So the non-moronic stoichiometric reaction I formulated was:
$$1\space Cu{(s)} \space +\space 4\space HCl{(aq)}\space +\space 4\space KNO_3{(aq)} \rightarrow \space 2\space NO_2 {(g)}\space +\space 4 \space KCl{(aq)}\space +\space 1\space Cu(NO_3)_2{(aq)}\space+ \space2\space H_2O{(l)}$$
This time I doubled the amount of KNO3 in order to account for the fact that it is Cu(NO3)2 forming. But I still got a very similar result, and likely one reason for this was I did not add enough water to fully dissolve the greater amount of KNO3 in the colder temperatures in which I was doing this reaction. So after the reaction stopped evolving gas, which ended up being a rather little amount, the solution still smelled very strong of HCl and had some undissolved KNO3 left in the bottom of the flask.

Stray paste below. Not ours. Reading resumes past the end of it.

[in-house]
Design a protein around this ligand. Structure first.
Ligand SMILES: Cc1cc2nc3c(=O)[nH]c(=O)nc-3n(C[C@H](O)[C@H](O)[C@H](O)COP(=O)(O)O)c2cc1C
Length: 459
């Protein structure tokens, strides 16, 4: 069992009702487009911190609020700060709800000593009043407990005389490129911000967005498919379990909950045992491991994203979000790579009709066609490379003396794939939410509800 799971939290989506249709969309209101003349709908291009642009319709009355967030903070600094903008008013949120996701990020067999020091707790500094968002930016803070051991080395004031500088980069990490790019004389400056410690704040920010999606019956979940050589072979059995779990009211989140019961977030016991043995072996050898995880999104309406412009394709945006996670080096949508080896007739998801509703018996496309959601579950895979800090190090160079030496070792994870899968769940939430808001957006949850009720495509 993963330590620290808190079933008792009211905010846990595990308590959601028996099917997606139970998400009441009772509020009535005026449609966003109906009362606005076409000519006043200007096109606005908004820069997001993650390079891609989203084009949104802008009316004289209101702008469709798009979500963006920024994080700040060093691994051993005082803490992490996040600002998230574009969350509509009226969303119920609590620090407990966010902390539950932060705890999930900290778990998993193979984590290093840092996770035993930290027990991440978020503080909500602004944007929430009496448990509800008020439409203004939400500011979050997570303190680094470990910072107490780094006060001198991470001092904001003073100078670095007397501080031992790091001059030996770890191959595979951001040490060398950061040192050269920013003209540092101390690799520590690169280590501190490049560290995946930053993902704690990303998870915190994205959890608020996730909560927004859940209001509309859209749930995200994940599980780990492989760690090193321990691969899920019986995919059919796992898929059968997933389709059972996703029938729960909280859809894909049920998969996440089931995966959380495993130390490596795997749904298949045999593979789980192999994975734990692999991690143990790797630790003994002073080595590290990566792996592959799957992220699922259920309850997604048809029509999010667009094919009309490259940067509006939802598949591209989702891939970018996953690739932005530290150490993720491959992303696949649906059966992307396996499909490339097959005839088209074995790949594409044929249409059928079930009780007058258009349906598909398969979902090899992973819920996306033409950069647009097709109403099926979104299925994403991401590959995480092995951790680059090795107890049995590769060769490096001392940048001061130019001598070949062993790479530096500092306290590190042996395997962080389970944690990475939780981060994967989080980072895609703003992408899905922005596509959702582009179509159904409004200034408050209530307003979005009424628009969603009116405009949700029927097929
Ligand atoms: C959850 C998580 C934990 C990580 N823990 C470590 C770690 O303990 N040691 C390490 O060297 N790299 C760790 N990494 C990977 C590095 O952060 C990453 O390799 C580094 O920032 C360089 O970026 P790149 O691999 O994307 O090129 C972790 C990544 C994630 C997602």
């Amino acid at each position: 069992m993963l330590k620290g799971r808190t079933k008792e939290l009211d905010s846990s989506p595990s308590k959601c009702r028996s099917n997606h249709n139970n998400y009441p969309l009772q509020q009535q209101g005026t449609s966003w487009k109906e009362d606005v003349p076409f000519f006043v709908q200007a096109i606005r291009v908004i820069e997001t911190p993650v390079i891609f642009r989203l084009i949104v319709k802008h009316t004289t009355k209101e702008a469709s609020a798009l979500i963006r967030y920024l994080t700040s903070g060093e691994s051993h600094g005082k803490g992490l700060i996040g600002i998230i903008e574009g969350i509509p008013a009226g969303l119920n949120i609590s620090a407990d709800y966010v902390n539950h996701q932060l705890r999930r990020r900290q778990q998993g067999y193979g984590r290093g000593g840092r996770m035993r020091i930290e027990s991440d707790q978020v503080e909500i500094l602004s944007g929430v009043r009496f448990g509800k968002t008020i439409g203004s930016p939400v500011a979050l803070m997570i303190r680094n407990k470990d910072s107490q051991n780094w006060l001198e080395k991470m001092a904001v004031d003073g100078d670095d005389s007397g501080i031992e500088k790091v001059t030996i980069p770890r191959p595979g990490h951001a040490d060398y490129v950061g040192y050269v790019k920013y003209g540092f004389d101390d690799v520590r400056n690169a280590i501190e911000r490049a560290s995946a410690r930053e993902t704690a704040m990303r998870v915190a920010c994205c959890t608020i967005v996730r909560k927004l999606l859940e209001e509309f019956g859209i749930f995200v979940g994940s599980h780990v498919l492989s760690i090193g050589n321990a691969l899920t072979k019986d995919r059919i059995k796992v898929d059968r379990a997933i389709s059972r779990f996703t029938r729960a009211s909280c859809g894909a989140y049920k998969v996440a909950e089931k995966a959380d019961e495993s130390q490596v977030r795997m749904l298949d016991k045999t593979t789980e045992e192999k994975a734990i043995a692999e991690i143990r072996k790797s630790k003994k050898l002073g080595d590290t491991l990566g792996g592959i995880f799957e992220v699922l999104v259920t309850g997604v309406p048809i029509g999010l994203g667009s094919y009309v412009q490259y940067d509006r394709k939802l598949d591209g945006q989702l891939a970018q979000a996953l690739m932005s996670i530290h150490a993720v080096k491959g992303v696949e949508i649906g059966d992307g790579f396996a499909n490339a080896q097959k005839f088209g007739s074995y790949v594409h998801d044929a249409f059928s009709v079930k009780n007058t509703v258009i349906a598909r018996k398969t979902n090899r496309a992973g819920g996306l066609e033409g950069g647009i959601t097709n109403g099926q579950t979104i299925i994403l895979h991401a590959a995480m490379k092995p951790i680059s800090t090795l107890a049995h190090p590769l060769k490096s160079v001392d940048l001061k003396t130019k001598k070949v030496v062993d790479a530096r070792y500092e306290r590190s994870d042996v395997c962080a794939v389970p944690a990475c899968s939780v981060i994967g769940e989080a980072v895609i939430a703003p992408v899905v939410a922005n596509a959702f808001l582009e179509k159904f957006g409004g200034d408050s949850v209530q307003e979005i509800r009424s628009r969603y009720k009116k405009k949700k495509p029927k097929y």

Given the very cold temperatures in which I often did this reaction, is it possible that some of the NO2 gas remained dissolved in solution? Once I heated up the solution in an attempt to dissolve remaining KNO3, a noticeable amount of characteristically brown NO2 gas seemed to form inside the flask. I would attribute this to simply enough heat being supplied to drive the reaction forward again, but this would happen whenever I even brought the flask from the cold garage to indoors, and once I took it back out and stoppered the flask the brown color receded. Another theory I have is that if there was plenty of moisture in the air the NO2 could have reacted with it, causing the color to dissipate and the rather acrid odor.